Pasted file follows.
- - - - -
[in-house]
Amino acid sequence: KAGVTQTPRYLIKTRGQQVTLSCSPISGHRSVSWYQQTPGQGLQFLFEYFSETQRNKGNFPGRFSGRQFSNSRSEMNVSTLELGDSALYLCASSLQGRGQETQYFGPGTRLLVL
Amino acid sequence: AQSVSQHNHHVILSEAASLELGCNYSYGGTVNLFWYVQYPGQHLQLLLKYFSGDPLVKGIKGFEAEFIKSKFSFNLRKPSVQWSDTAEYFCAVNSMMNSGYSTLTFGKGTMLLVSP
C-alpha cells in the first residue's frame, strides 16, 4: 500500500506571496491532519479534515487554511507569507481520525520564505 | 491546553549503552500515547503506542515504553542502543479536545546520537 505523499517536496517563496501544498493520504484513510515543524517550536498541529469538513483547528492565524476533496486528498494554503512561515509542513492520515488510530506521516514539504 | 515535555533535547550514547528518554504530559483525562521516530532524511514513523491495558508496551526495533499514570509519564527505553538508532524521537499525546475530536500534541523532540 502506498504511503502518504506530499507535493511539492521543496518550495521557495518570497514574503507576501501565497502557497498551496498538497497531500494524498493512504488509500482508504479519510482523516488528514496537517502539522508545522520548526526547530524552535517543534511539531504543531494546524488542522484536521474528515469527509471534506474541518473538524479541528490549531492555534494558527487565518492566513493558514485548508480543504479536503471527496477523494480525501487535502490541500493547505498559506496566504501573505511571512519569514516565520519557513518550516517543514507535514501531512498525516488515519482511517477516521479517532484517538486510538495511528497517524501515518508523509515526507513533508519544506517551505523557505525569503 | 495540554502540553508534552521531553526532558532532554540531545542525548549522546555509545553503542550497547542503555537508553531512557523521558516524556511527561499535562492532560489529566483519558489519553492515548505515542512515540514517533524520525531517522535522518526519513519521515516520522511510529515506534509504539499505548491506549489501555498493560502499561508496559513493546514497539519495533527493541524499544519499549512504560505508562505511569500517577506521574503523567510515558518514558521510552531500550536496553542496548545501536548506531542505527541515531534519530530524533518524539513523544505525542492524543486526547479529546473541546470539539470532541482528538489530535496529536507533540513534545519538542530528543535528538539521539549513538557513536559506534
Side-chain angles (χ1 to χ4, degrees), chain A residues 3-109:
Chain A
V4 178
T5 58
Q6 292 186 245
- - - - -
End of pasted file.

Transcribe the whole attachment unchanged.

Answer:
[in-house]
Amino acid sequence: KAGVTQTPRYLIKTRGQQVTLSCSPISGHRSVSWYQQTPGQGLQFLFEYFSETQRNKGNFPGRFSGRQFSNSRSEMNVSTLELGDSALYLCASSLQGRGQETQYFGPGTRLLVL
Amino acid sequence: AQSVSQHNHHVILSEAASLELGCNYSYGGTVNLFWYVQYPGQHLQLLLKYFSGDPLVKGIKGFEAEFIKSKFSFNLRKPSVQWSDTAEYFCAVNSMMNSGYSTLTFGKGTMLLVSP
C-alpha cells in the first residue's frame, strides 16, 4: 500500500506571496491532519479534515487554511507569507481520525520564505 | 491546553549503552500515547503506542515504553542502543479536545546520537 505523499517536496517563496501544498493520504484513510515543524517550536498541529469538513483547528492565524476533496486528498494554503512561515509542513492520515488510530506521516514539504 | 515535555533535547550514547528518554504530559483525562521516530532524511514513523491495558508496551526495533499514570509519564527505553538508532524521537499525546475530536500534541523532540 502506498504511503502518504506530499507535493511539492521543496518550495521557495518570497514574503507576501501565497502557497498551496498538497497531500494524498493512504488509500482508504479519510482523516488528514496537517502539522508545522520548526526547530524552535517543534511539531504543531494546524488542522484536521474528515469527509471534506474541518473538524479541528490549531492555534494558527487565518492566513493558514485548508480543504479536503471527496477523494480525501487535502490541500493547505498559506496566504501573505511571512519569514516565520519557513518550516517543514507535514501531512498525516488515519482511517477516521479517532484517538486510538495511528497517524501515518508523509515526507513533508519544506517551505523557505525569503 | 495540554502540553508534552521531553526532558532532554540531545542525548549522546555509545553503542550497547542503555537508553531512557523521558516524556511527561499535562492532560489529566483519558489519553492515548505515542512515540514517533524520525531517522535522518526519513519521515516520522511510529515506534509504539499505548491506549489501555498493560502499561508496559513493546514497539519495533527493541524499544519499549512504560505508562505511569500517577506521574503523567510515558518514558521510552531500550536496553542496548545501536548506531542505527541515531534519530530524533518524539513523544505525542492524543486526547479529546473541546470539539470532541482528538489530535496529536507533540513534545519538542530528543535528538539521539549513538557513536559506534
Side-chain angles (χ1 to χ4, degrees), chain A residues 3-109:
Chain A
V4 178
T5 58
Q6 292 186 245